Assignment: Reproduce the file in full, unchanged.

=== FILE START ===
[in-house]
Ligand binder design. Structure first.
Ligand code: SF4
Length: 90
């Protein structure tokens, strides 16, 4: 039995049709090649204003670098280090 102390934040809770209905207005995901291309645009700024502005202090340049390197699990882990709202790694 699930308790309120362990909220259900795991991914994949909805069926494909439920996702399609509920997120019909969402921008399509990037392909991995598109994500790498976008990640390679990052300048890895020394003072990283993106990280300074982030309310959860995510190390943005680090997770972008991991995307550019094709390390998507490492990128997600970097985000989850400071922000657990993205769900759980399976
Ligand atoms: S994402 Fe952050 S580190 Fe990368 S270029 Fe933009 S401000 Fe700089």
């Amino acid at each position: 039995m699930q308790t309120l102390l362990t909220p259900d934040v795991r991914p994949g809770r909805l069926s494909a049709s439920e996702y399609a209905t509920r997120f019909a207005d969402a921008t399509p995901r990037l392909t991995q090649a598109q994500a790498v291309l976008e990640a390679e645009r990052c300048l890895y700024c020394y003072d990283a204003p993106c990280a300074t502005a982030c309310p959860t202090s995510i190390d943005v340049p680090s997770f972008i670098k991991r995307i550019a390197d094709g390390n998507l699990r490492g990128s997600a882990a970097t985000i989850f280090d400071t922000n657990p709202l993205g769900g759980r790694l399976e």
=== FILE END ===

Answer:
[in-house]
Ligand binder design. Structure first.
Ligand code: SF4
Length: 90
């Protein structure tokens, strides 16, 4: 039995049709090649204003670098280090 102390934040809770209905207005995901291309645009700024502005202090340049390197699990882990709202790694 699930308790309120362990909220259900795991991914994949909805069926494909439920996702399609509920997120019909969402921008399509990037392909991995598109994500790498976008990640390679990052300048890895020394003072990283993106990280300074982030309310959860995510190390943005680090997770972008991991995307550019094709390390998507490492990128997600970097985000989850400071922000657990993205769900759980399976
Ligand atoms: S994402 Fe952050 S580190 Fe990368 S270029 Fe933009 S401000 Fe700089």
């Amino acid at each position: 039995m699930q308790t309120l102390l362990t909220p259900d934040v795991r991914p994949g809770r909805l069926s494909a049709s439920e996702y399609a209905t509920r997120f019909a207005d969402a921008t399509p995901r990037l392909t991995q090649a598109q994500a790498v291309l976008e990640a390679e645009r990052c300048l890895y700024c020394y003072d990283a204003p993106c990280a300074t502005a982030c309310p959860t202090s995510i190390d943005v340049p680090s997770f972008i670098k991991r995307i550019a390197d094709g390390n998507l699990r490492g990128s997600a882990a970097t985000i989850f280090d400071t922000n657990p709202l993205g769900g759980r790694l399976e």